As the year progressed in 2017, Aaron Parecki (the editor of the Micropub specification) began work on a prototype of a new communication agreement between clients and servers, but this time it went the opposite direction. This new specification was called Microsub and it focused on allowing clients to retrieve posts from a server to generate a timeline (Like Facebook or Twitter) where you can keep up with all the posts that your friends and favorite websites publish. I knew this was the missing piece to me really moving away from traditional social media. So I jumped in head first and decided that Indigenous would support BOTH Micropub (for posting) and Microsub (for reading).
I use Indigenous every day. I scroll through my timeline within the app to keep up to speed on the people and things that interest me across the internet, as well as to post new information to my blog (microblog posts, articles, photos, etc). I use it just like one would use Facebook. The benefit is that there are other Microsub and Micropub apps that I can log into to post or read content and there is no additional configuration. My Microsub server will work with any Microsub-compatible client.
That said, Indigenous still has a long way to go. I’ll detail the main features that are working in the beta right now.
When you open Indigenous, if you are logged in to a Microsub server, you get a list of Channels. You can think of these as lists or folders. You can follow many different people and websites within a single channel. It allows for topical grouping of content, and it allows me to know what content I want to prioritize when I am short on time.
When you select a channel, you see a timeline of the top 20 most recent posts in that channel. I’ve styled it similarly to tweets in Tweetbot (my favorite Twitter client). You can pull to refresh and get any newer posts that have appeared and when you reach the bottom of the list you can tap a button to load the next 20 older posts. You can see attached images and listen to audio files on posts. You can swipe right to reply or left to open the post in a web browser.
Indigenous supports multiple accounts so if you have multiple Micropub or Microsub accounts you can switch between them and the app’s settings are set on a per account basis, so the app can behave differently for your different accounts.
Channels can track your reading progress. In the currently published beta, the read type of a channel can be set up on the Microsub server to either display no read status, display an unread indicator or to display an unread count. Indigenous respects those settings and displays a red dot as an unread indicator and a red number for an unread count. When you interact with a post (by swiping to either reply or view the full post) it is marked as read. Also, you can mark the entire channel as read by clicking the “read” button at the top of each channel.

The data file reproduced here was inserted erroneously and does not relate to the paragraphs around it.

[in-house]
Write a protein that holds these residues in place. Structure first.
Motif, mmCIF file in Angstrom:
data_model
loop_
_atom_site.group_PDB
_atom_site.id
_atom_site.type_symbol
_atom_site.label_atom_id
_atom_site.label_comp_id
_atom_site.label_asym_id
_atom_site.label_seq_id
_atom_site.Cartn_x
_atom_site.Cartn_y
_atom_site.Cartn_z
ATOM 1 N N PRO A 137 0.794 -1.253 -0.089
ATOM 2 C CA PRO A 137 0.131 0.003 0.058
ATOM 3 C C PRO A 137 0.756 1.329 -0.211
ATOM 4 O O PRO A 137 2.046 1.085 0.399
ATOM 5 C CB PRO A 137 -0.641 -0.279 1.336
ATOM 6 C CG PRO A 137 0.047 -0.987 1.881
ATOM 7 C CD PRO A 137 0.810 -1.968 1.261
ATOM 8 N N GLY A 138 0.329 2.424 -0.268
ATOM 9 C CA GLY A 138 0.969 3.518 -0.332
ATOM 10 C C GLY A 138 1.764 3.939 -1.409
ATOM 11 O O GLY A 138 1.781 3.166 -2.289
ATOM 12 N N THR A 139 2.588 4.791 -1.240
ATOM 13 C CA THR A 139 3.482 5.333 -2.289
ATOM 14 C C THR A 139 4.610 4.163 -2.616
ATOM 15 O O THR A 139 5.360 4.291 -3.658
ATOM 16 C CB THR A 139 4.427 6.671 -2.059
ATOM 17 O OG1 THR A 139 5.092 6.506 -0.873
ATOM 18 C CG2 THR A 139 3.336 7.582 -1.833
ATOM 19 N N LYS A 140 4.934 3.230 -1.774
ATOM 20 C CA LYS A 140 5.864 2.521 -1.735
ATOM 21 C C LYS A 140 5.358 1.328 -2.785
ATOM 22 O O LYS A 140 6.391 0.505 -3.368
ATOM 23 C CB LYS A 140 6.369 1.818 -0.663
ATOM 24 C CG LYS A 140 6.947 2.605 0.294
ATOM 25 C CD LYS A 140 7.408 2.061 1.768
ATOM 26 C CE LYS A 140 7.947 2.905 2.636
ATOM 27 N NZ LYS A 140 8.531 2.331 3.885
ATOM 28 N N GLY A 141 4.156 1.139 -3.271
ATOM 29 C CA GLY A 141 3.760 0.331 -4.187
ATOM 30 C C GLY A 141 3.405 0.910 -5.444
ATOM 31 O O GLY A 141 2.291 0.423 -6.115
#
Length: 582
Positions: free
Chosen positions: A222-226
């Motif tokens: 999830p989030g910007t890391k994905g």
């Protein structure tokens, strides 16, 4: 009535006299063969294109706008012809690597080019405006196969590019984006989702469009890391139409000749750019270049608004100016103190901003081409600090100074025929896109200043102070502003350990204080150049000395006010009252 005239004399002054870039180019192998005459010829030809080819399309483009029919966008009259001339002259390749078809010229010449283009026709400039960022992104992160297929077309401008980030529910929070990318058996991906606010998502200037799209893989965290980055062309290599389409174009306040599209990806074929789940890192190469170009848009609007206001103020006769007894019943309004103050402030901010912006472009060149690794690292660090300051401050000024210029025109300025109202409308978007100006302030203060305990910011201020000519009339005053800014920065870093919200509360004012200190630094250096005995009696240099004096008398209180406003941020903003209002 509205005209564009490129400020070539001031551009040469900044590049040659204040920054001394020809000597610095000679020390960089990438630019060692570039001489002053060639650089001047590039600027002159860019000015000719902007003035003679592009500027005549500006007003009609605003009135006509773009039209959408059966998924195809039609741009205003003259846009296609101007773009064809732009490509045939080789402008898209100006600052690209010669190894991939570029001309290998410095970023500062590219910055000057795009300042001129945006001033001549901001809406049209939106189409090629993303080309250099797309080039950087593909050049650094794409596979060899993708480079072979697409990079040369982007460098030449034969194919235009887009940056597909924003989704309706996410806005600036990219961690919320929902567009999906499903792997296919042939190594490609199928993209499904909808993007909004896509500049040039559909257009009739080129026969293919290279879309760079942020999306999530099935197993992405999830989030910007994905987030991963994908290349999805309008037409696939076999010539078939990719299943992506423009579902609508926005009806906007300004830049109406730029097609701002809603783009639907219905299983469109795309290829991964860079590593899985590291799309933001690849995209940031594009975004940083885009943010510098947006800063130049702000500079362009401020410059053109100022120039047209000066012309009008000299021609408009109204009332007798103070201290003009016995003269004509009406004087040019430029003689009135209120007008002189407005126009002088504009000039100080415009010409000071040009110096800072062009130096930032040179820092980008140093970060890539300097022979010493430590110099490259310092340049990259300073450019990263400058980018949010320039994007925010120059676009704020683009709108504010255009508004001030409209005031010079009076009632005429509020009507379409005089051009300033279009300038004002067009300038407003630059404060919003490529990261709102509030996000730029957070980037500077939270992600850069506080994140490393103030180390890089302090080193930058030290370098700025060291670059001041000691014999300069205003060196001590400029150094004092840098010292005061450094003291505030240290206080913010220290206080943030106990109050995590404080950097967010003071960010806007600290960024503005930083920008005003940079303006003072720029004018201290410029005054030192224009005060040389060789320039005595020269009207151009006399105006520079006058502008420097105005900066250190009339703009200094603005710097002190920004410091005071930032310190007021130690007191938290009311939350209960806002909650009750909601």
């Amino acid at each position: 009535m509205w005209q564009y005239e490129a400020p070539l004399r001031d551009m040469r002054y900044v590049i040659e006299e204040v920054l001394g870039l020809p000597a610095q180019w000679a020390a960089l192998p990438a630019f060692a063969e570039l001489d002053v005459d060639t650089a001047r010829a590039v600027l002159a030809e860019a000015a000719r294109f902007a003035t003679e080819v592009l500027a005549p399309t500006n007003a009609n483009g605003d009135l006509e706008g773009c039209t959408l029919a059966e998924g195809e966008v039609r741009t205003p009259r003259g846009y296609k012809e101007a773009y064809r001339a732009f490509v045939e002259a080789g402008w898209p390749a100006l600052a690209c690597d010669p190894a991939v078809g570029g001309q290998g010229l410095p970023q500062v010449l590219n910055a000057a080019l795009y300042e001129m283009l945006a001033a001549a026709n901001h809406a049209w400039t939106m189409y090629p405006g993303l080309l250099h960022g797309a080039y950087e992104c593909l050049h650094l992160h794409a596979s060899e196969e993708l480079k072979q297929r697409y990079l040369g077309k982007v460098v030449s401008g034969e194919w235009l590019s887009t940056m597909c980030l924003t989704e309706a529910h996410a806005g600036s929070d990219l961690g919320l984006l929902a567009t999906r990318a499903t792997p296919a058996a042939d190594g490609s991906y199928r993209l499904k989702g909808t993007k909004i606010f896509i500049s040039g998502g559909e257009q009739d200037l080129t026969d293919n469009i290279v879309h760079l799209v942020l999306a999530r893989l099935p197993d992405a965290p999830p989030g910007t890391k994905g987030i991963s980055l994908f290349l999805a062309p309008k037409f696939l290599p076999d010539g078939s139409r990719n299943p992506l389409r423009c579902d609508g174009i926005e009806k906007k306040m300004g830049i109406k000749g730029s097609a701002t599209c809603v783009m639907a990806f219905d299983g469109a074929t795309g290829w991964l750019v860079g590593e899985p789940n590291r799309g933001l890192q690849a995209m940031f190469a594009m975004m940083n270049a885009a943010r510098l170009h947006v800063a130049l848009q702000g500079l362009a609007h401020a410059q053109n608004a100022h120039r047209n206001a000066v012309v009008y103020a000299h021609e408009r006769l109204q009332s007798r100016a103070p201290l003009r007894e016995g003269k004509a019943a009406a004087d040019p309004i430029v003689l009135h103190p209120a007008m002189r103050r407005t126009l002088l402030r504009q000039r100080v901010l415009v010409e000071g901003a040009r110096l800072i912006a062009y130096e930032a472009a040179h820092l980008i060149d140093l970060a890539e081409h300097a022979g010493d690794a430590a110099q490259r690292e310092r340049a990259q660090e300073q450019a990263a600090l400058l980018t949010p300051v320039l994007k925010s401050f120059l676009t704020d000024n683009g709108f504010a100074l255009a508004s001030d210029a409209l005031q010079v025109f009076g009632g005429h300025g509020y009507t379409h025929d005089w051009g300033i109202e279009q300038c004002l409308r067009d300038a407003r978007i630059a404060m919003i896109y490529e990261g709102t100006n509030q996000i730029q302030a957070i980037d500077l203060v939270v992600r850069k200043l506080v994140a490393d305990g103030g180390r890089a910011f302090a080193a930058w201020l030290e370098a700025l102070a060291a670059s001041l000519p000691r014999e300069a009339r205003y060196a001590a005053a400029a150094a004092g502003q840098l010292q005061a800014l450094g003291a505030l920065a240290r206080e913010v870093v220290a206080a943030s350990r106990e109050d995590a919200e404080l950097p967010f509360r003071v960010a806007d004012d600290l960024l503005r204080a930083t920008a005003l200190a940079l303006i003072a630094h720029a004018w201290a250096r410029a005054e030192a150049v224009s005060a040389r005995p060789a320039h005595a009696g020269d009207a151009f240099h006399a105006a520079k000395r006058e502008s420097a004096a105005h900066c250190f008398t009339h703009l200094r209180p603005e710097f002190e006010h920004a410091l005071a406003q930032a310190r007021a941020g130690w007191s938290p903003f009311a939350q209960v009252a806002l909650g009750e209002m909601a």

You can write posts inside of the Indigenous app. When you click the post button in the top right corner, it opens up the compose window. There is a textbox that allows you to write your post. When you write more than 280 characters a title field will appear so that you can optionally add a title to your post.
You can attach images by selecting the camera icon in the bottom left, and it will upload the images to a Micropub server’s Media Endpoint. You can attach as many photos as you want (hypothetically, I haven’t done robust testing on that).
You can add Micropub categories (think tags) by clicking on the tag icon. Right now, it displays a couple of testing categories by default, but you can add new categories by typing it in the top box and clicking the plus button. Whatever categories have a checkmark will be sent with the post to your server.
Finally, Micropub has an idea of syndication. That you can write a post for your website but also syndicate it out to other locations (Micro.blog, Twitter, Facebook, etc). When you select the Syndication icon, it will show you all the syndication targets your Micropub server knows about and allows you to select which ones you want to syndicate to.
One of the primary reasons I started building Indigenous was to build a Micropub focused Share Sheet. In iOS a share sheet allows you to interact with different pages on the internet, typically this is just sharing a URL to Twitter, Facebook or Instapaper to read later. With Indigenous, it displays a list of default actions you can take on a given url such as “Like”, “Reply” and “Bookmark”. Like and Bookmark send those post types to your Micropub server. Reply will open the same compose window that the app has but it will have an additional field a “Reply” field that has the URL you were on. This allows you to read and reply to posts across the internet.
Even better, if the website has Microformats support, Indigenous will actually customize the list of actions based on the information presented through microformats. For example, if the page you are on is an h-card representing a person or a company, it provides the ability to Bookmark the page. If the page you are on is an h-entry it will have the usual options as well as the option to “Repost” it (similar to Twitter’s Retweet functionality). If the page is an h-event, it will add the a button to RSVP (although that button will inform you that feature is still in development).
This means if I want to bookmark, like or reply to something on my website I don’t have to leave the website that I am on to do it!
There is a lot more I'm working on and a lot more to come! But alas, that's enough for today. We'll hold that for the next log!